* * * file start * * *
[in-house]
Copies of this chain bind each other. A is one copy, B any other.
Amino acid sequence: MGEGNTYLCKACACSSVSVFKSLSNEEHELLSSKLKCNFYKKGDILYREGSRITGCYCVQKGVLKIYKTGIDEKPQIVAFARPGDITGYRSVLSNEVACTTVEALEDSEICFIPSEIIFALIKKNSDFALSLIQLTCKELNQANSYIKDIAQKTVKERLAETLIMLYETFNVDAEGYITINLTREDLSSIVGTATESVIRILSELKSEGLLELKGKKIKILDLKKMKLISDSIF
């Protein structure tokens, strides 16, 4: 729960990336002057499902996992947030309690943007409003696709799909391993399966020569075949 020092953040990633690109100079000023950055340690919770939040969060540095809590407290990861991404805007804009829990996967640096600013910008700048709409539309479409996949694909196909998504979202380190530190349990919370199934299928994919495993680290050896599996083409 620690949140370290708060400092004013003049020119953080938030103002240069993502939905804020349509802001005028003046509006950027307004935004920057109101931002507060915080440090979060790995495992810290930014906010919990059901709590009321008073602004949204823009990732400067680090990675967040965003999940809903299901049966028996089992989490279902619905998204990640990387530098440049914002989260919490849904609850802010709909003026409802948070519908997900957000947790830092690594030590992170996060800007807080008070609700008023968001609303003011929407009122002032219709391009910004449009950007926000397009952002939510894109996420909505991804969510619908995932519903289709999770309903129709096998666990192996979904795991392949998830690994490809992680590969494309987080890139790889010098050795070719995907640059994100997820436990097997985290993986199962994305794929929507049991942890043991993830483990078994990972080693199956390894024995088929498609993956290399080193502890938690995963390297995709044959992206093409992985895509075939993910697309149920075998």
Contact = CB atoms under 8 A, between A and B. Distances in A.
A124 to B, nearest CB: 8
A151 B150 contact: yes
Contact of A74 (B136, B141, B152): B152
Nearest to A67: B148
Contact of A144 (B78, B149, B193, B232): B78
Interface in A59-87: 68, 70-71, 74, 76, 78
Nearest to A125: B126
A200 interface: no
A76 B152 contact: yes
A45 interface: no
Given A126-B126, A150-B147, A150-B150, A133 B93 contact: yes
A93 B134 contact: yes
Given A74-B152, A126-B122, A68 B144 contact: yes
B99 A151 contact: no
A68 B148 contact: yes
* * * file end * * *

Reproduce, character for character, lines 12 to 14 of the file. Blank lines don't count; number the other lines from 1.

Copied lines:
Nearest to A125: B126
A200 interface: no
A76 B152 contact: yes